Kathmandu plane crash: investigators recover data recorder

Airport authorities and the airline have blamed each other for the accident that left at least 49 people dead. Monday's crash of a small Bombardier propeller plane is Nepal's worst since 1992.

Investigators on Tuesday retrieved the flight data recorder from a Bangladeshi passenger plane that crashed in Kathmandu, killing at least 49 people on board and injuring at least 22.

Catastrophe | 13.03.2018

"The flight data recorder has been recovered; we have kept it safely," said Raj Kumar Chettri, general manager at Tribhuvan International Airport.

Witnesses said US-Bangla Airlines Flight BS211 flew unsteadily as it twice circled the airport before bursting into flames as it tried to touch down on Monday.

Read more: Dozens killed in Kathmandu plane crash

The airplane had taken off from the Bangladeshi capital of Dhaka with 71 passengers — 32 from Bangladesh, 33 from Nepal and one each from China and the Maldives. Authorities have not disclosed the nationalities of the crew members.

The pilot is among the injured being treated at a nearby hospital. He is reportedly a former air force officer with more than 1,700 hours flight time in the Bombardier Dash 8 type aircraft that crashed.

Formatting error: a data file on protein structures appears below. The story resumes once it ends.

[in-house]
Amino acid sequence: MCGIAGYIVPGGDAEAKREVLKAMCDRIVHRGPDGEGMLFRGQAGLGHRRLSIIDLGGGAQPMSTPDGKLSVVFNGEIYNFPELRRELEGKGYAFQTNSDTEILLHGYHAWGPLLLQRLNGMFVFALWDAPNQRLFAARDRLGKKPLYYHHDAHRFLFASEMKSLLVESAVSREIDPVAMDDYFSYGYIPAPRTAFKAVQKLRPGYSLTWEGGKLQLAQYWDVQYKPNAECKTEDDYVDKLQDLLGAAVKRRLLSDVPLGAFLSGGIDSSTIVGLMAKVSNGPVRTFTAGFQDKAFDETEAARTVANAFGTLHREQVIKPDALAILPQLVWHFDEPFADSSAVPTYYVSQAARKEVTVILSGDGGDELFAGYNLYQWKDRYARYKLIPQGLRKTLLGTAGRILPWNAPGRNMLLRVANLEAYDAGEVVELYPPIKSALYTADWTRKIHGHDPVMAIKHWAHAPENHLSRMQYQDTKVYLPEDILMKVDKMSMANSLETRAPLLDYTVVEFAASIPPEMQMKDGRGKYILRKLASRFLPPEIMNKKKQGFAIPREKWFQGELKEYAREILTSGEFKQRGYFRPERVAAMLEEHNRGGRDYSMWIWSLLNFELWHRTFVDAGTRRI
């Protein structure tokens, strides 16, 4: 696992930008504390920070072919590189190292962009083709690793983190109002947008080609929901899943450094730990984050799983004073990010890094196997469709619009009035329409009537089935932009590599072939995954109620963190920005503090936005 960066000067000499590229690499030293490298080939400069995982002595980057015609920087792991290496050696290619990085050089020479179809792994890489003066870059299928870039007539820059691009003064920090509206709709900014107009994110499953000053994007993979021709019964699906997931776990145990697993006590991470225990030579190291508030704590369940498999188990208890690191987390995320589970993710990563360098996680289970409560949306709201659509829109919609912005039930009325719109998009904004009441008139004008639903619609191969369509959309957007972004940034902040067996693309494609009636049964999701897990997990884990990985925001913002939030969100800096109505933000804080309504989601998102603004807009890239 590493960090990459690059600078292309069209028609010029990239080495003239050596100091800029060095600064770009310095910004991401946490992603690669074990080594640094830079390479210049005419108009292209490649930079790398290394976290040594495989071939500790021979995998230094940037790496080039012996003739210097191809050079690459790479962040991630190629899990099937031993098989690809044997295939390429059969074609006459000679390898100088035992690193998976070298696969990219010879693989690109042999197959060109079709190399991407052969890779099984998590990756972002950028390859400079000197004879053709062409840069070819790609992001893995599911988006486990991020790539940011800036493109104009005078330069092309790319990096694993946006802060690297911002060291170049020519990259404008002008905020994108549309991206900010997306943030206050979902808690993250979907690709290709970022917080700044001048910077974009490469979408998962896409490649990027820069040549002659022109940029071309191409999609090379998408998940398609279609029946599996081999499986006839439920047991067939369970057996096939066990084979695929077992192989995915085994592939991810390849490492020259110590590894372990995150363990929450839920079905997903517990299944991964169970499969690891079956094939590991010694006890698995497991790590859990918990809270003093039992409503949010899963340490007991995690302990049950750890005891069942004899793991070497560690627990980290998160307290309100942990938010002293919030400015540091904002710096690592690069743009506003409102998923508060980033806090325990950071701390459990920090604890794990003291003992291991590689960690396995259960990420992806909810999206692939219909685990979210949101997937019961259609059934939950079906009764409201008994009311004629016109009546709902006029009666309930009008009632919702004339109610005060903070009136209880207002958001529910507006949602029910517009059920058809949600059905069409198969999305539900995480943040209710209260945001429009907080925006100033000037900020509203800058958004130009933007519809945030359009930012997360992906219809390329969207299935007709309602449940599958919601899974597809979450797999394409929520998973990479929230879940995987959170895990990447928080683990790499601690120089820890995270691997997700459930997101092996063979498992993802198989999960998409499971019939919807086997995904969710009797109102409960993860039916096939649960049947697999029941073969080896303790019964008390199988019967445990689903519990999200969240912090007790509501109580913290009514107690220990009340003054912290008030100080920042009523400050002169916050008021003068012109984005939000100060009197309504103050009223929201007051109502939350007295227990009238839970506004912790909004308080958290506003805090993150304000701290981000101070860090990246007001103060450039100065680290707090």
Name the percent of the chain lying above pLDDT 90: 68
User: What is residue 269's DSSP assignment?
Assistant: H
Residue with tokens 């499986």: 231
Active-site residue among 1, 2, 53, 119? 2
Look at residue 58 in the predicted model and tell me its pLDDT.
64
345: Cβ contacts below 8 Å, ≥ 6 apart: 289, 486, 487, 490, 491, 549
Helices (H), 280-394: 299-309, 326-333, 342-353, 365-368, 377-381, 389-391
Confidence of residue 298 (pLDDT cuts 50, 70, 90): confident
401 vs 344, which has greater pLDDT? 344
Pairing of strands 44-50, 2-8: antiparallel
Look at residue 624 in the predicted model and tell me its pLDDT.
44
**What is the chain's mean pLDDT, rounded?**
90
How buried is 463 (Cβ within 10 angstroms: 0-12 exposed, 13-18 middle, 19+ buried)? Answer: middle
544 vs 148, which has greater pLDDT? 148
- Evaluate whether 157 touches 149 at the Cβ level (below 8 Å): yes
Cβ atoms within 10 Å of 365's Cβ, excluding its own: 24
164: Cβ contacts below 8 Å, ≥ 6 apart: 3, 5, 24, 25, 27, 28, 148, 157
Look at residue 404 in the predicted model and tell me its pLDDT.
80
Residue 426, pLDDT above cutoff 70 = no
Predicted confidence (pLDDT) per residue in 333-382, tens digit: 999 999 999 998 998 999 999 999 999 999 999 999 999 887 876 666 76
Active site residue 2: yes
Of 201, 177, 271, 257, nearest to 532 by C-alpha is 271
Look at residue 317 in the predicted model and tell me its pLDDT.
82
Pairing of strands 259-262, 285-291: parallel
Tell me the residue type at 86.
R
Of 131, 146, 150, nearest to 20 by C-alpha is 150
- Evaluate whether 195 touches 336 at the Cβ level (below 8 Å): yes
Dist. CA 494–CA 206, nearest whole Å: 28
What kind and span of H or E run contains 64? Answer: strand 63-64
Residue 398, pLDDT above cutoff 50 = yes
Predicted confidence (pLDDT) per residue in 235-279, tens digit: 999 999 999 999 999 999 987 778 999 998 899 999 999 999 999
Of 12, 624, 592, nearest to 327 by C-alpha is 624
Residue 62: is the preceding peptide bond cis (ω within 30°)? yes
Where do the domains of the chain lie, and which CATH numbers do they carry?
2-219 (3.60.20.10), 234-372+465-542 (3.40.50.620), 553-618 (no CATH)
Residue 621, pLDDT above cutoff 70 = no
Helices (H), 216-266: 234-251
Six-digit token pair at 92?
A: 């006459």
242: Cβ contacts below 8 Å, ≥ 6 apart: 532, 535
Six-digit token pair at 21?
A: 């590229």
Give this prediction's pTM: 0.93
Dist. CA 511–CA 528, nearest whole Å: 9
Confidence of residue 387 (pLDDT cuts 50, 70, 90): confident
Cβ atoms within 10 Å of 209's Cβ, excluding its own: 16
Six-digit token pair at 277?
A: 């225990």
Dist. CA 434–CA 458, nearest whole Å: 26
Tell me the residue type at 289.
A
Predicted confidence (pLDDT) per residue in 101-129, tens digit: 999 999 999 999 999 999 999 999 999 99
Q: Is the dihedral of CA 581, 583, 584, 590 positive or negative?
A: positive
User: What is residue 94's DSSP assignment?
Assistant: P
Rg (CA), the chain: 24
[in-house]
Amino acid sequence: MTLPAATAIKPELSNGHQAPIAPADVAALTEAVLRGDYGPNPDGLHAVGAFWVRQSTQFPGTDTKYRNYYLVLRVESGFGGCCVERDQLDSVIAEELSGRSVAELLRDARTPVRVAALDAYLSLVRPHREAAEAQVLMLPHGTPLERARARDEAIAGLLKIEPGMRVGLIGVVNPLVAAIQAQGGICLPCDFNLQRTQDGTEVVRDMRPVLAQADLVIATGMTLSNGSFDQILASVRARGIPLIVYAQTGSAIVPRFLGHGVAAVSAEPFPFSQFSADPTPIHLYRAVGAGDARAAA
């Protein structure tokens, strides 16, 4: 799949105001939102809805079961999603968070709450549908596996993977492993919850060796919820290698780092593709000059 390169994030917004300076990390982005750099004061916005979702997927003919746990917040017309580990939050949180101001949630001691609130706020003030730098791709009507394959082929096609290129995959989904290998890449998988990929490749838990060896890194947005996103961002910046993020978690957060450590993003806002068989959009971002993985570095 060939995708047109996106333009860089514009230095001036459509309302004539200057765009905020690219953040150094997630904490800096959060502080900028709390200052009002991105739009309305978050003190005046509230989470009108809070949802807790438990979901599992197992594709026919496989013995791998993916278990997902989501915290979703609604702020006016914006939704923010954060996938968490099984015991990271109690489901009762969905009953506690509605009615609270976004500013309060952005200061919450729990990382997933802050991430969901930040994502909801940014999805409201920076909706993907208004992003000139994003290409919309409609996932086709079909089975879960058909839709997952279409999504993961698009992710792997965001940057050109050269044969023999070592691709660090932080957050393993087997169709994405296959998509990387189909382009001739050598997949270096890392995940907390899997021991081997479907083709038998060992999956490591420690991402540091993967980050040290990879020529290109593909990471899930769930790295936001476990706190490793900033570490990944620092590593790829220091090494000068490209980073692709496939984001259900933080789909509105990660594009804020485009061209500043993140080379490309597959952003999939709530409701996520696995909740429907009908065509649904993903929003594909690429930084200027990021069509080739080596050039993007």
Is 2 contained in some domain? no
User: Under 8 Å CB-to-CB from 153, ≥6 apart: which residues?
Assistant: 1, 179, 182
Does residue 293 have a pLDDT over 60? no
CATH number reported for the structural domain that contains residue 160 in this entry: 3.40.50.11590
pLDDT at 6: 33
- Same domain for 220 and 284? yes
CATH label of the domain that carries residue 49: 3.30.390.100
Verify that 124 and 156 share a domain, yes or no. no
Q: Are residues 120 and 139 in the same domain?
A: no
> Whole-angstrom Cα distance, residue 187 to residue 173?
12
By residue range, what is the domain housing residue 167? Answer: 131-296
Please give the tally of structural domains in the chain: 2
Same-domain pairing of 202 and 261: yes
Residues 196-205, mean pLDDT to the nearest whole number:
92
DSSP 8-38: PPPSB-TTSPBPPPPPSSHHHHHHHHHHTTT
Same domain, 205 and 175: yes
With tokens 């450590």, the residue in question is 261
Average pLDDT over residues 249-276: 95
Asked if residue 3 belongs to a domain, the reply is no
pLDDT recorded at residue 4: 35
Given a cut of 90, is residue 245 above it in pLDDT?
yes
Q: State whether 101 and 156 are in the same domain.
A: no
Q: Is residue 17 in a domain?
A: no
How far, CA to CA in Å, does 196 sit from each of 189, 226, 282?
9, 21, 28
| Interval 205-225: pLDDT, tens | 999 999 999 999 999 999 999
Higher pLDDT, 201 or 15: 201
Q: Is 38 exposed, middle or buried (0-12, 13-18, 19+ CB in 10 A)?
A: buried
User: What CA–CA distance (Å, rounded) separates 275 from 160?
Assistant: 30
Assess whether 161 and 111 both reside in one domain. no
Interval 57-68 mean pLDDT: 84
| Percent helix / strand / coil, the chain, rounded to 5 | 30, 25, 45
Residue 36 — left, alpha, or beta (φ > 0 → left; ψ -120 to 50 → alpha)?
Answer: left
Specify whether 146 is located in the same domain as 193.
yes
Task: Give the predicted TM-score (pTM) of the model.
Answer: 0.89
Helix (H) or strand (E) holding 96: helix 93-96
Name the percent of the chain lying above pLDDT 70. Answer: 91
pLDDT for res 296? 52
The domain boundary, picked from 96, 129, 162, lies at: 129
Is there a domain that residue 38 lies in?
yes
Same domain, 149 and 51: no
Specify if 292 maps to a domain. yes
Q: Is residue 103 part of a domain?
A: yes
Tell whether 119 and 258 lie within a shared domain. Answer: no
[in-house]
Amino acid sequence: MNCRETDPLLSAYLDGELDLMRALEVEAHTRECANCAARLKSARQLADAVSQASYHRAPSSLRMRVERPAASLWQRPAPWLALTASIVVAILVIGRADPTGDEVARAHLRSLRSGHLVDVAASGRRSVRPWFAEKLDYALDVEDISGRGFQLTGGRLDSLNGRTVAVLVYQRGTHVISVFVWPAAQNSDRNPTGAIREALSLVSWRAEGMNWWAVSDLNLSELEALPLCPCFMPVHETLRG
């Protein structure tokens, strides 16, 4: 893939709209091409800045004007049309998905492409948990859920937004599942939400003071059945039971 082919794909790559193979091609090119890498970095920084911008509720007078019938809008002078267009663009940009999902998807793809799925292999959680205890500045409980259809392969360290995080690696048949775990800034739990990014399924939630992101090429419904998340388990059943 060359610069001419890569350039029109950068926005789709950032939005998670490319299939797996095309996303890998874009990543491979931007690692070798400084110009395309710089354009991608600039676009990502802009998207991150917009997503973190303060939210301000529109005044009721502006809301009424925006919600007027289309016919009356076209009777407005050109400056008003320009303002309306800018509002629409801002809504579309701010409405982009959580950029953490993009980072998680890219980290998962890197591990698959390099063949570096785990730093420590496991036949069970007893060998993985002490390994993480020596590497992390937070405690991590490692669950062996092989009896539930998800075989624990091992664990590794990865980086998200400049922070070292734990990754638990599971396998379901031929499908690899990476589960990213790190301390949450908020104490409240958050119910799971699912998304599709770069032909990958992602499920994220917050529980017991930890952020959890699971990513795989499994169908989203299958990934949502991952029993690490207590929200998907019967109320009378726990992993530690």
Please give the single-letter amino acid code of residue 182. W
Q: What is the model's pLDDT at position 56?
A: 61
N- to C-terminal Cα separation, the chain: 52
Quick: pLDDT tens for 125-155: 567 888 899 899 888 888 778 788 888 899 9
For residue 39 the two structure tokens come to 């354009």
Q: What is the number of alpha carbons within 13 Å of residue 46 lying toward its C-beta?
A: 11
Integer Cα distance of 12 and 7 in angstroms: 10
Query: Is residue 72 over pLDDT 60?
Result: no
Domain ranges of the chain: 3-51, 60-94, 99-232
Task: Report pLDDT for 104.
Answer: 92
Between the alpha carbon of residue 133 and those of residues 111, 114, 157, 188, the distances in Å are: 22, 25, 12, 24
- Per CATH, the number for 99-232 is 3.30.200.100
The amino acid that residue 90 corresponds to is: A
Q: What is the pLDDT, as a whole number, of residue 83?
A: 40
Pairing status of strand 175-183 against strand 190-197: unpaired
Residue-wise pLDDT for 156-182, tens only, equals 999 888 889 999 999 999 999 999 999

Read more: Plane crashes in western Nepal

Unclear blame

US-Bangla Airlines and airport authorities have blamed each other for the accident.

The airport's general manager, Raj Kumar Chetri, said the pilot failed to heed the control tower and tried to land on the airport's only runway from the wrong direction.

But the CEO of US-Bangla, Imran Asid, said: "we are suspecting that Kathmandu ATC tower might have misled our pilots to land on the wrong runway," adding: "we assumed that there was no negligence by our pilots."

Read more: Wreckage of Nepal plane crash found on mountainside

Confusing recording

Air traffic tracking website LiveATC.net posted an audio recording of the moments before the crash.

In it, the pilot asks for permission to land from the north and, less than a minute later, to land from the south. The air traffic controller grants both requests.

But just before landing, the pilot says: "Are we cleared to land?" The controller says seconds later: "I say again, turn!" before ordering firefighters to make their way to the runway.

The crash is the worst air accident since a Pakistan International Airlines passenger plane crashed at Kathmandu in 1992, killing 167 people.

Read more: TransAsia crash adds to air safety concerns

amp/rc (AP, Reuters)

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